Steve and JJ's duct tape and bailing wire approach to managing IBM's public GitHub org
Steve Martinelli
by Steve Martinelli

Tags

  • software
  • github

JJ (his blog) and I have teamed up to bring some order to the chaos that was managing the IBM public GitHub organization. Manging the IBM public GitHub org was never a priority for any one team, but JJ and I saw this as an opportunity to solve a few interesting problems. So we went to work.

The “before” state

  • Manually invited people (we had a short node javascript app that someone would run monthly on their laptop to do batch invites)
  • Manually created repos (we had a home brewed CLI at one point, but still manual)
  • Never archived any repos
  • Never removed folks from the org (even if they left IBM and had admin rights on repos!)
  • We had an app that “mapped” or linked someone’s GHE or GH account

The “TODO” list

We jotted down a bunch of the stuff we wanted to automate or make easier, here’s a quick snapshot. Predicably, it’s a lot of the stuff we had to manually do earlier, like create repos or invite new users.

The tech we used

We took stock of what tools were available to us, not much. A web app that mapped GHE accounts to public GH accounts and a handful of javascript apps that one of the admins used to run manually every now and then.

The “after” state

We ended up accomplishing four keys tasks that helped knock a bunch of items off the TODO list:

  • improving the account mapper app to invite users as soon as they linked their account
  • creating bash scripts that we run monthly using Jenkins (more on that later)
  • creating a serverless app that handled new repo requests
  • creating a dashboard that is updated daily and hosted on github pages

The tools

We ended up using a variety of tools to accomplish all our tasks. We went heavy on Python and Bash given our background, but sprinkled in some Node for good measure.

The tech we used

Tool 1: Account mapper (Node.js on Cloud Foundry and Cloudant NoSQL Database)

The mapper

The flow of this is a user authenticates with their GitHub Enterprise and their public GitHub accounts and that relationship is saved to a Cloudant database. The web app and database are deployed to our internal cloud that can communicate with both outside and internal networks.

Credit for creating the app back in 2017 goes to @rmg and Ryan was kind enough to coach me through a few patches to the repo.

So why do we use this? a few reasons.

  1. Originally this was made to just get an understanding of how many IBMers were involved in Open Source.

  2. Newly added: Automatic invitations. Upon mapping a GHE account to a GitHub account an invite to join the public IBM org is sent out to the mapped GitHub account. This was one less manual task JJ and I to do.

  3. Newly added: Employee verification. We recently started to persist employee status in the database. This is confirmed by grabbing the IBM email address associated with the GHE account and checking against our internal LDAP.

We use the data saved in our database as the source of truth for a few scripts that are run bi-weekly, see the next section for more details.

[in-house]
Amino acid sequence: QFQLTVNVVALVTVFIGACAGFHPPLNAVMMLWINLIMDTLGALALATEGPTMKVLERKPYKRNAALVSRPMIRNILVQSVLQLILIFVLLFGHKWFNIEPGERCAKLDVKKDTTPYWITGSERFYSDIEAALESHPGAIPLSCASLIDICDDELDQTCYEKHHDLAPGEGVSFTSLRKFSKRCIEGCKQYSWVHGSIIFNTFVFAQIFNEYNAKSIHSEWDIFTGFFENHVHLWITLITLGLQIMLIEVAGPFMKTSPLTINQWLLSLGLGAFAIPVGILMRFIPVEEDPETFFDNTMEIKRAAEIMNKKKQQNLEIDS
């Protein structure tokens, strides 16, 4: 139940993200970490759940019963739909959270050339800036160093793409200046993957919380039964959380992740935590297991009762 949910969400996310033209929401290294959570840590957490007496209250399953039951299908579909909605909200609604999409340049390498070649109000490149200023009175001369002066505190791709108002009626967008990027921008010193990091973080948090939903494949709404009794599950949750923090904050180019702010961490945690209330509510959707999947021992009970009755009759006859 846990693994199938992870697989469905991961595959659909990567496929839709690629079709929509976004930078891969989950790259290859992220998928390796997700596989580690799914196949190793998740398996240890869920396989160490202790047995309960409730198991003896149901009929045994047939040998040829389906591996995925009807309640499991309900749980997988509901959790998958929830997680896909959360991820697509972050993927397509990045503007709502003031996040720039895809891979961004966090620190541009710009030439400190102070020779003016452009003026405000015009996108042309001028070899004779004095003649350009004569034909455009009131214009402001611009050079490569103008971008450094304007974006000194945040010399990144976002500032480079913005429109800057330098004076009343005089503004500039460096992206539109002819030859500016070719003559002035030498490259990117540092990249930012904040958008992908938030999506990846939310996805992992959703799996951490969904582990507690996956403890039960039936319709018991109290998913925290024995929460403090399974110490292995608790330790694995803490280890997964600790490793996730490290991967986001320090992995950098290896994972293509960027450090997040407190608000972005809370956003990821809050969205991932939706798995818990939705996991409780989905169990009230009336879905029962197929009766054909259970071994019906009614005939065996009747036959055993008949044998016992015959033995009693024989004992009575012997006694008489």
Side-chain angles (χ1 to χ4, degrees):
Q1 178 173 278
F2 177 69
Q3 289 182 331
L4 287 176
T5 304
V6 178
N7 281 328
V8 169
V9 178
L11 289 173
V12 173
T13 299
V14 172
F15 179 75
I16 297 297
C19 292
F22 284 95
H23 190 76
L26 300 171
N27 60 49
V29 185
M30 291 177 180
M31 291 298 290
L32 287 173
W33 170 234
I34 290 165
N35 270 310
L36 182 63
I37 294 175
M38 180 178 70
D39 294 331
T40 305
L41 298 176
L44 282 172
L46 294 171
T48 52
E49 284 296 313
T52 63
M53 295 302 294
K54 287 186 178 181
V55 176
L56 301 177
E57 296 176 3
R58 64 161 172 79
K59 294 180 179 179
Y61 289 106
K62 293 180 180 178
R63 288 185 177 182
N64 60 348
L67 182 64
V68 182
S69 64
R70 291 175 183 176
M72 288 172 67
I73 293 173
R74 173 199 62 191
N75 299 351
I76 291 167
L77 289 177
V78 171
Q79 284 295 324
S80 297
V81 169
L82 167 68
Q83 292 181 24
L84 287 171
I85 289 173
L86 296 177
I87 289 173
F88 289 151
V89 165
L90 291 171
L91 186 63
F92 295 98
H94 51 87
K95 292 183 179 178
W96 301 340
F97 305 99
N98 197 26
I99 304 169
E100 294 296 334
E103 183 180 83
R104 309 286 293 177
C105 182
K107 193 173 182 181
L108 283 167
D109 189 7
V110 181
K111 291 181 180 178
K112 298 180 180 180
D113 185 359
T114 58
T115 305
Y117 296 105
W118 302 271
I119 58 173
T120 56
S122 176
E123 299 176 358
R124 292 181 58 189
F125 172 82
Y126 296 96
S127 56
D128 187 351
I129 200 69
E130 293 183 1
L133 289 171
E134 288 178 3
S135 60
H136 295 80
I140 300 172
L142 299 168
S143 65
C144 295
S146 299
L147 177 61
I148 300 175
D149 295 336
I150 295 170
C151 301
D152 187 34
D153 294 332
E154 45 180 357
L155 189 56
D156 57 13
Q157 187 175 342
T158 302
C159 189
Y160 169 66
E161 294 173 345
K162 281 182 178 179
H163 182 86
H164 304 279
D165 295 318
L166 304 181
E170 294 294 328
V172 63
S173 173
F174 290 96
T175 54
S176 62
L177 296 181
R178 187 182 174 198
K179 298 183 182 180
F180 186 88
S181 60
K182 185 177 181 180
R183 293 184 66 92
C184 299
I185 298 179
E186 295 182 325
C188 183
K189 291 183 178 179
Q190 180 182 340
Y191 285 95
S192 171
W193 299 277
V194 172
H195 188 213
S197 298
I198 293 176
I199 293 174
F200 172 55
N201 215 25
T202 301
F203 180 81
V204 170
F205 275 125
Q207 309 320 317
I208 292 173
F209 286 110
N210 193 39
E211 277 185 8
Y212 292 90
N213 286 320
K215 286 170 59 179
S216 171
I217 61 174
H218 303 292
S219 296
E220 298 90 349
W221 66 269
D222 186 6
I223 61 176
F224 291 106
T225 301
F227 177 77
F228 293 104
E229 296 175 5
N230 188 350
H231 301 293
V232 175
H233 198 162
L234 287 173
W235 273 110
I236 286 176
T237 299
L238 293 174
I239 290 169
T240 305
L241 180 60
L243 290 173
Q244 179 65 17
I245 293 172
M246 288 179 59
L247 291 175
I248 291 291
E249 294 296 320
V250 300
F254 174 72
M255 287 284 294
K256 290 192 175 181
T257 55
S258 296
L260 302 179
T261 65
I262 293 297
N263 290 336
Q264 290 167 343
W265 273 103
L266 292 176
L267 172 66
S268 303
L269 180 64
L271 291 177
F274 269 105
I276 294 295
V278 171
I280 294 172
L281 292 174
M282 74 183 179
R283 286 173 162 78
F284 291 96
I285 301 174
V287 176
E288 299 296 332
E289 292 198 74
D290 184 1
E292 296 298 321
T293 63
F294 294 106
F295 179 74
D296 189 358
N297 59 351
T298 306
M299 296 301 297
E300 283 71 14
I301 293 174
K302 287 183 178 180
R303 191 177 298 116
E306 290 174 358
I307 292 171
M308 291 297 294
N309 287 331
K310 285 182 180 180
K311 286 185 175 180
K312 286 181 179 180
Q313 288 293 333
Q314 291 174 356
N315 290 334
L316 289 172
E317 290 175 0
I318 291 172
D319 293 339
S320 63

Tool 2: Admin scripts (Bash and Jenkins)

Scripts that we run in Jenkins

There were certain tasks that needed to be run on an internal, so we made use of an existing Jenkins deployment that could communicate with again internal and external networks. So, what do we run on Jenkins?

Given JJ’s sys admin background, it was very easy to use bash for our purposes, so we have a few shell scripts that:

  1. Email all IBM org members that have their membership set to “Private”, politely asking them to set it to “Public”.
  2. Remove former IBMers from the IBM org.
  3. Email folks with open invitations that have not been accepted.
  4. Rescind open invitations if they’ve been open for more than 30 days.

Tool 3: Request a repo bot (Python and Serverless)

This has already been written about on IBM Developer: https://developer.ibm.com/tutorials/github-task-automation-with-serverless-actions/

The mapper

Requesting a new repo was probably 75% of the requests that I was fielding, it needed to be automated. Of course, as I was looking aorund at serverless technologies I felt the urge to scratch this itch. So I ended up creating a serverless action that reacts to new issues (and issue edits) for a specific repository. There are automated checks that post results in comments for the issue that give the originator some feedback, like “the user doesn’t exist” or “the user specified is not in the org, use the account linker…”.

Overall, our “bot” (it’s not really a bot, but it sounds fun) has fielded over 350 requests in around 6 months with pretty positive feedback.

Tool 4: Org Health Dashboard (Python and GitHub Pages)

The mapper

I needed a quick dashboard to find specific information about the repo. GitHub provides all this information but it’s really handy to have it all in one place that is easily searchable and sortable, rather than going into each individual repo. And yes, we looked at tools like repolinter but we needed something that provided GitHub specific status, not just any git repo stats. Things like, maintainers of the repo or if a repo is archived or not. Also, it was rather frustrating that the CLI didn’t support machine readable output (like JSON or YAML) by default.

The way this tool works is by running with Travis CI a nightly job that calls a python script to get all the data, it’s then saved in a YAML and using Jinja is transformed into HTML. It’s all checked into a github repo and viewable with GitHub pages. I have a version you can find online in my spog repository.

Fin

Is this perfect? Not by a long shot. But it’s significantly better than where we were, and for that, we’re happy.